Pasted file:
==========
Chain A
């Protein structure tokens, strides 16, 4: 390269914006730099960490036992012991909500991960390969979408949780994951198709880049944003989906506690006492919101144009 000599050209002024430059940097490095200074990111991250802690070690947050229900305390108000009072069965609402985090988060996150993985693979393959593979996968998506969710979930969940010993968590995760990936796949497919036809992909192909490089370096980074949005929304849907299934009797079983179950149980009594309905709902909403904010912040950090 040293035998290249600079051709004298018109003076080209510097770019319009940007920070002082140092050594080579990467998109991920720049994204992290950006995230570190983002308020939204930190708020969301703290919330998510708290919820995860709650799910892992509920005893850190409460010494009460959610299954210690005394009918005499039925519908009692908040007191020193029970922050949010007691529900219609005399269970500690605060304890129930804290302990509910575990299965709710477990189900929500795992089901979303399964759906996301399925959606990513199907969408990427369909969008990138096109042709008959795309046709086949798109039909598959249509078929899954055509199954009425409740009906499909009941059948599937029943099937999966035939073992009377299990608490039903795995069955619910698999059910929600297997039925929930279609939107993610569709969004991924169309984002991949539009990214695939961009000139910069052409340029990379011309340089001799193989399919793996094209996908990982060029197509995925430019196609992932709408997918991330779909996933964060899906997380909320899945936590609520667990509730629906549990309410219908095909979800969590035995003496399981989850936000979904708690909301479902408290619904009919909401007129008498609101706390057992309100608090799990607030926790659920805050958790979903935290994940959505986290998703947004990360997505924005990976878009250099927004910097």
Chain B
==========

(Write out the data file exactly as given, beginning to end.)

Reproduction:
Chain A
């Protein structure tokens, strides 16, 4: 390269914006730099960490036992012991909500991960390969979408949780994951198709880049944003989906506690006492919101144009 000599050209002024430059940097490095200074990111991250802690070690947050229900305390108000009072069965609402985090988060996150993985693979393959593979996968998506969710979930969940010993968590995760990936796949497919036809992909192909490089370096980074949005929304849907299934009797079983179950149980009594309905709902909403904010912040950090 040293035998290249600079051709004298018109003076080209510097770019319009940007920070002082140092050594080579990467998109991920720049994204992290950006995230570190983002308020939204930190708020969301703290919330998510708290919820995860709650799910892992509920005893850190409460010494009460959610299954210690005394009918005499039925519908009692908040007191020193029970922050949010007691529900219609005399269970500690605060304890129930804290302990509910575990299965709710477990189900929500795992089901979303399964759906996301399925959606990513199907969408990427369909969008990138096109042709008959795309046709086949798109039909598959249509078929899954055509199954009425409740009906499909009941059948599937029943099937999966035939073992009377299990608490039903795995069955619910698999059910929600297997039925929930279609939107993610569709969004991924169309984002991949539009990214695939961009000139910069052409340029990379011309340089001799193989399919793996094209996908990982060029197509995925430019196609992932709408997918991330779909996933964060899906997380909320899945936590609520667990509730629906549990309410219908095909979800969590035995003496399981989850936000979904708690909301479902408290619904009919909401007129008498609101706390057992309100608090799990607030926790659920805050958790979903935290994940959505986290998703947004990360997505924005990976878009250099927004910097």
Chain B